Now I’m holding my breath as I say this, because we all have been burnt before, but I dare say that the Braves are going to the Postseason. AND without having to participate in the Wild Card Playoff Game (that ridiculousness warrants its own article later). The question now is when will they clinch.
I’m hopeful for the Milwaukee series for somewhat, okay maybe entirely, selfish reasons; I will be there.
I’d also like to say I have hope that the Braves will win every game making the clinch during the Washington series.
However, realistically, my best educated guess would be for the Cubs series. The Braves have won 75% of the time they played Washington, and they’ve done extremely well against the Cubs.
Mathematically, their numbers put them on the fence between winning two and sweeping the Nats series, but a little too close to two for comfort. And as far as the Cubs, the Braves have swept them in the sole series match-up but that was the first week of April, and might as well been an entirely different season. Continue reading
English: Chicago Cubs logo (Photo credit: Wikipedia)
There are 17 games left in the Cubs season and no pitcher in the Chicago Cubs lineup has 10 wins. The top pitchers in the Cubs rotation thus far are, Travis Wood with a record of 9-11, Jeff Samardzija at 8-12, and Edwin Jackson who is 8-15. With only 17 games left in their season it makes me wonder, “Will a Cubs starting pitcher get double digit wins?” If you asked me that question in July, I would have said yes because aces like Travis Wood had 7 wins as of July 28th, Edwin Jackson had 7 wins as of July 31st, and Jeff Samardzija had 7 wins as of August 19th. You would assume with that many wins back in July, someone would have had 10 wins by now.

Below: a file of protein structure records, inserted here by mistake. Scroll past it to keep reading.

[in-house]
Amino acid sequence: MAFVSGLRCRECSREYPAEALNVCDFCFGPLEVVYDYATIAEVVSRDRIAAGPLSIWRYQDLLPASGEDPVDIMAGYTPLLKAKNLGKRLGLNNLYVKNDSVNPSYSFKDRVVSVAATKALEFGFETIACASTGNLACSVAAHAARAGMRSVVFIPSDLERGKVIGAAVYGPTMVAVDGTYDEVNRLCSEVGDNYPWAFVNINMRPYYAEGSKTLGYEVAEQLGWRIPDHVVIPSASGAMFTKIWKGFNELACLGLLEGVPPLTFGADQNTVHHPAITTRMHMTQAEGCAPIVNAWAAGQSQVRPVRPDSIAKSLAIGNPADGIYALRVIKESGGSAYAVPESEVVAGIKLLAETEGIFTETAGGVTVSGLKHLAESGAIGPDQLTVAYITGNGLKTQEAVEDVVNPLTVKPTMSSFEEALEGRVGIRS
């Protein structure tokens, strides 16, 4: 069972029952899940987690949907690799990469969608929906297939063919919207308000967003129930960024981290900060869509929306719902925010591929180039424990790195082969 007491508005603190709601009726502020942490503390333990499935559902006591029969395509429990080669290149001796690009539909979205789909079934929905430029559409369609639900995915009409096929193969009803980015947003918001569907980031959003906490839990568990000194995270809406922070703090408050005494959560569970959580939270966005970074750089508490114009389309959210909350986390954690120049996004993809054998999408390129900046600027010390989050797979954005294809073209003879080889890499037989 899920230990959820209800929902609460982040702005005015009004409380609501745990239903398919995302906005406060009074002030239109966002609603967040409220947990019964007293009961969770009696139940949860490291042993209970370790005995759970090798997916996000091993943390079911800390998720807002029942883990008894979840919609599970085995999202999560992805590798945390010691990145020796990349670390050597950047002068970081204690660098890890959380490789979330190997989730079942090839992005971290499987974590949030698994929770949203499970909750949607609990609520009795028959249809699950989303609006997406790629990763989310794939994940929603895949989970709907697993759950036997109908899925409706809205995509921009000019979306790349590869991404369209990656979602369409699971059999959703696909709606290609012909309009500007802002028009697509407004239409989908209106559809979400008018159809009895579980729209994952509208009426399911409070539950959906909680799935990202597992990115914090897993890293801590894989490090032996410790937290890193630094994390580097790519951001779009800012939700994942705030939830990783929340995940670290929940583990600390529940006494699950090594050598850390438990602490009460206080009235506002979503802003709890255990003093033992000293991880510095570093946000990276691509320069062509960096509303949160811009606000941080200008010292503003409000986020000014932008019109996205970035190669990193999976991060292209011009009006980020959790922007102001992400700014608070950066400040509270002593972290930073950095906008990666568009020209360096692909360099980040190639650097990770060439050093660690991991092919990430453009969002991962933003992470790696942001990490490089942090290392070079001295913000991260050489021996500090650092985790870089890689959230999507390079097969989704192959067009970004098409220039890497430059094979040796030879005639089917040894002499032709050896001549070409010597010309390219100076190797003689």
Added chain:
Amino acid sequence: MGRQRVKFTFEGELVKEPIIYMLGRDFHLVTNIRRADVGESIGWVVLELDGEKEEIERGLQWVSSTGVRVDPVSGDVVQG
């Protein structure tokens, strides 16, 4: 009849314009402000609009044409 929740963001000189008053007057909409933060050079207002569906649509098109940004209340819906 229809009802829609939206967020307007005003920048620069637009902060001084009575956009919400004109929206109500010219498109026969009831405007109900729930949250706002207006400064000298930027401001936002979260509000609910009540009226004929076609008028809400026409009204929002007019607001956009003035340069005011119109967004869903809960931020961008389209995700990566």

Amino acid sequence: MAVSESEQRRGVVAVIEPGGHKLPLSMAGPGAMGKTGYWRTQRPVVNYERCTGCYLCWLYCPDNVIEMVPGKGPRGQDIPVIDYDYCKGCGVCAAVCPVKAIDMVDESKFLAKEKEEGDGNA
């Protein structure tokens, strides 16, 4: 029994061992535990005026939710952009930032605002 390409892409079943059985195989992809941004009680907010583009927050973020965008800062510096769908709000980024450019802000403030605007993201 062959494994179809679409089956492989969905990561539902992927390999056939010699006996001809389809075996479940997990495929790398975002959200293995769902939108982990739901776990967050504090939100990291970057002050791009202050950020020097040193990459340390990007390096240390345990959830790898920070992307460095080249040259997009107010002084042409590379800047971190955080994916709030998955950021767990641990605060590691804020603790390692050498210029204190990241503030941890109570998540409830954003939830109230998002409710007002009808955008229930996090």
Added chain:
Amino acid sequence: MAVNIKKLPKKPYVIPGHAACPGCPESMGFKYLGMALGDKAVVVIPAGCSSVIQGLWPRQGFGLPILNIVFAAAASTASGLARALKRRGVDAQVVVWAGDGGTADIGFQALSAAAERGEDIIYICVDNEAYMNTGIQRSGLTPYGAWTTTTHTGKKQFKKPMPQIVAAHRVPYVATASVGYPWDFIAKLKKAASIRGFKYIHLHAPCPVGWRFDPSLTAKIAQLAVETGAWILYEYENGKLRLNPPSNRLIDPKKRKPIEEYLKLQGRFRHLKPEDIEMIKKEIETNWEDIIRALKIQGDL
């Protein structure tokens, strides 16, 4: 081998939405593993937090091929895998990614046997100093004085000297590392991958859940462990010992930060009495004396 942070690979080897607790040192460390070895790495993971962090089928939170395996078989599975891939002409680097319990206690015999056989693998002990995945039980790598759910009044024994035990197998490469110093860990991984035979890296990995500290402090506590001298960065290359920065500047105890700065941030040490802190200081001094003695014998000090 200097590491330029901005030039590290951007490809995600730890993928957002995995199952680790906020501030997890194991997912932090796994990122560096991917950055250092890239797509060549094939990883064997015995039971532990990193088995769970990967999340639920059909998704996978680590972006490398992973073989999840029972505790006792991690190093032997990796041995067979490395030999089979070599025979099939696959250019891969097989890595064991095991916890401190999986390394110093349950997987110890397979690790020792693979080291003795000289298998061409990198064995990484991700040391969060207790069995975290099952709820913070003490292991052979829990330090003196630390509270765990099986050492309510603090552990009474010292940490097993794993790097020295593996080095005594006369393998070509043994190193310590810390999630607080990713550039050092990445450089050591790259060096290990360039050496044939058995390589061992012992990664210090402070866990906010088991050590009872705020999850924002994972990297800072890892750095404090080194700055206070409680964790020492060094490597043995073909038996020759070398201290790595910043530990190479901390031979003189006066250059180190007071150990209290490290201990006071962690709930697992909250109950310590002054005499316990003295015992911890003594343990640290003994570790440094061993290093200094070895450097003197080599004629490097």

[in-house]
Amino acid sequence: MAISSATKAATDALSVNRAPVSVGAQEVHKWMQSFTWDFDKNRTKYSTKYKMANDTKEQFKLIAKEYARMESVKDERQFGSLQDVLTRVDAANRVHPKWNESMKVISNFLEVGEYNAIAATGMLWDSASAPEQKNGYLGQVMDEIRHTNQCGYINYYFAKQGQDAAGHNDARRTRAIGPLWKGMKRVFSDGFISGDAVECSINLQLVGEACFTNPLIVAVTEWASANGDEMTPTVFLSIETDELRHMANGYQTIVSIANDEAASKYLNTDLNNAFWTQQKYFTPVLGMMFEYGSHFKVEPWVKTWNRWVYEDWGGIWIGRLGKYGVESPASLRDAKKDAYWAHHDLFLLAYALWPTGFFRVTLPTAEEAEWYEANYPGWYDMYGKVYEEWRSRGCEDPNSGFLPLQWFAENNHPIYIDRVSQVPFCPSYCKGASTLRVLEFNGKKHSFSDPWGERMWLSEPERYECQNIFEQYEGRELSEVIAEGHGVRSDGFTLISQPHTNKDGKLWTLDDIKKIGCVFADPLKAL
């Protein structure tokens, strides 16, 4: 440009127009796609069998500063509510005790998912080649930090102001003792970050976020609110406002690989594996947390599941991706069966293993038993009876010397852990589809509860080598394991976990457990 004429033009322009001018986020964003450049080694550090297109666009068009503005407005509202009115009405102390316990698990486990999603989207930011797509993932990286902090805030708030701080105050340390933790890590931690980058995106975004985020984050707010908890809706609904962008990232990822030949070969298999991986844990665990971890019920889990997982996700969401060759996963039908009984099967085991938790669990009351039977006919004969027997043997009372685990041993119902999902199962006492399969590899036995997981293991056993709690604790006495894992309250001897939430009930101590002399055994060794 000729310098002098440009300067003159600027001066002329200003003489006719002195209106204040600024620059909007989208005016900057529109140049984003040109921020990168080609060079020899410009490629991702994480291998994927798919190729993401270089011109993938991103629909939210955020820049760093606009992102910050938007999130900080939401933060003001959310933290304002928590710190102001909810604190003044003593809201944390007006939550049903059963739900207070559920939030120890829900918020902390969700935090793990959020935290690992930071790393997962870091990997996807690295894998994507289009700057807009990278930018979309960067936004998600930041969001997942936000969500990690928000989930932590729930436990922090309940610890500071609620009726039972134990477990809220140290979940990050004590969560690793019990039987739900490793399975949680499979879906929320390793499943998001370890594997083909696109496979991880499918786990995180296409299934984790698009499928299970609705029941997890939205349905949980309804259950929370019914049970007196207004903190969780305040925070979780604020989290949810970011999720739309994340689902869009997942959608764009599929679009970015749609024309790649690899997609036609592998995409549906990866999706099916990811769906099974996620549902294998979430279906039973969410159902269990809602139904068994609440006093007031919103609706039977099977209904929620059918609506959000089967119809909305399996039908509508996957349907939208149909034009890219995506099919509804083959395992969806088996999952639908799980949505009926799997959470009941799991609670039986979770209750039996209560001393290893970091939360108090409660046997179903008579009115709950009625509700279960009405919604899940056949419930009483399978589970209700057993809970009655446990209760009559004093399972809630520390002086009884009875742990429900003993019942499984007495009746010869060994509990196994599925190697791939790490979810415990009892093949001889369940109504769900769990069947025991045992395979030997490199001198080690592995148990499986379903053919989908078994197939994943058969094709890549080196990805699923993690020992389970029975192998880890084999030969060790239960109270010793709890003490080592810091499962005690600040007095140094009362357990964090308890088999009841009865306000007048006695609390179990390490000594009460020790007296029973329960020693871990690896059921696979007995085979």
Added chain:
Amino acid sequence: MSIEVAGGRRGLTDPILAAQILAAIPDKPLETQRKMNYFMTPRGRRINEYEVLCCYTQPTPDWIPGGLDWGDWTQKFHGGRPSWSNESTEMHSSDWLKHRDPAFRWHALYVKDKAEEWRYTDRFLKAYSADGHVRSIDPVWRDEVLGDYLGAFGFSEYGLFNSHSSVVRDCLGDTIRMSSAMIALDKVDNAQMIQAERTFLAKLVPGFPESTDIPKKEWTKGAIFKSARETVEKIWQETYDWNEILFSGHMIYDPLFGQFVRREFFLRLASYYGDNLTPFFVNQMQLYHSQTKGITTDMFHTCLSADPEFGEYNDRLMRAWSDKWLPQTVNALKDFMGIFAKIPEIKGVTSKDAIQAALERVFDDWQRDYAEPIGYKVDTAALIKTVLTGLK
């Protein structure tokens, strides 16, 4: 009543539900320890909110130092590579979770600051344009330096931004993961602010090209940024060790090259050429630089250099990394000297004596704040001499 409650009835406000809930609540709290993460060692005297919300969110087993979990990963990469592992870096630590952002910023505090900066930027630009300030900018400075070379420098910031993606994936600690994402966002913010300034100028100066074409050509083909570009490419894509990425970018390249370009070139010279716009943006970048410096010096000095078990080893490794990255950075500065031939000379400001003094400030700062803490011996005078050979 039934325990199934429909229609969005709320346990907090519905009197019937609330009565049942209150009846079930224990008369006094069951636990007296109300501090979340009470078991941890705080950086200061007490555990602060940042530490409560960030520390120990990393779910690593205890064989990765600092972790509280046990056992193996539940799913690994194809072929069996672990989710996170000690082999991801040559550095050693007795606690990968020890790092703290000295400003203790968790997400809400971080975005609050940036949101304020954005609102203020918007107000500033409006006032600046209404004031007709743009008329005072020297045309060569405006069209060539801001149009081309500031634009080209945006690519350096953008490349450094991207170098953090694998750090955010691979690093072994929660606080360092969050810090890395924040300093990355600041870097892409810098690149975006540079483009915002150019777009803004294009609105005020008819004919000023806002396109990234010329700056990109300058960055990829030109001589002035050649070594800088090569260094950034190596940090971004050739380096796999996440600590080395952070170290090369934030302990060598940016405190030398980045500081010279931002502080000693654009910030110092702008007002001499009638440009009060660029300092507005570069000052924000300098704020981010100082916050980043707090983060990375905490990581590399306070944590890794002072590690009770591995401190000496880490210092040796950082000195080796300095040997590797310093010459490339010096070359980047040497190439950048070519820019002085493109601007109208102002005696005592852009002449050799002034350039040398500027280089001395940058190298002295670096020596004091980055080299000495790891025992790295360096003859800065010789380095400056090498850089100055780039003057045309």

You can make the argument that wins and losses don’t necessarily show how good you are since you can’t win games without runs.
With the Cubs being ranked 22nd in runs with 565 and having the second worst batting average in the league just behind the Miami Marlins with .240, it’s not likely a Cubs pitcher will be sitting pretty in the wins column. Continue reading
English: Chicago Cubs shortstop prospect Starlin Castro. (Photo credit: Wikipedia)
The Chicago Cubs were one of the worst fielding teams in the 2012 season. They finished with 105 errors, (12th worst in the league) and they finished twenty-second in fielding percentage. Now I’m not saying that was the reason for the Cubs 61-101 record, but it plays a big part. So how are the Cubs going to fix another error filled season? For starters, they need to move Starlin Castro to second base and Darwin Barney to shortstop. Barney has proven to be more than capable at this position, playing shortstop for Oregon State and the Iowa Cubs, and his defensive skills and ability have been verified by him being awarded a Gold Glove.
Last season Starlin Castro had 758 defensive chances with 27 errors, while Darwin Barney had 731 defensive chances, committing only 2 errors. and won a Gold Glove to back it up.
If Darwin Barney was playing shortstop last year, he would have had twenty-seven more defensive chances than when he played second.
Why is this statistic significant? With Starlin Castro at second he gets fewer balls hit to him and more balls hit to Barney. Continue reading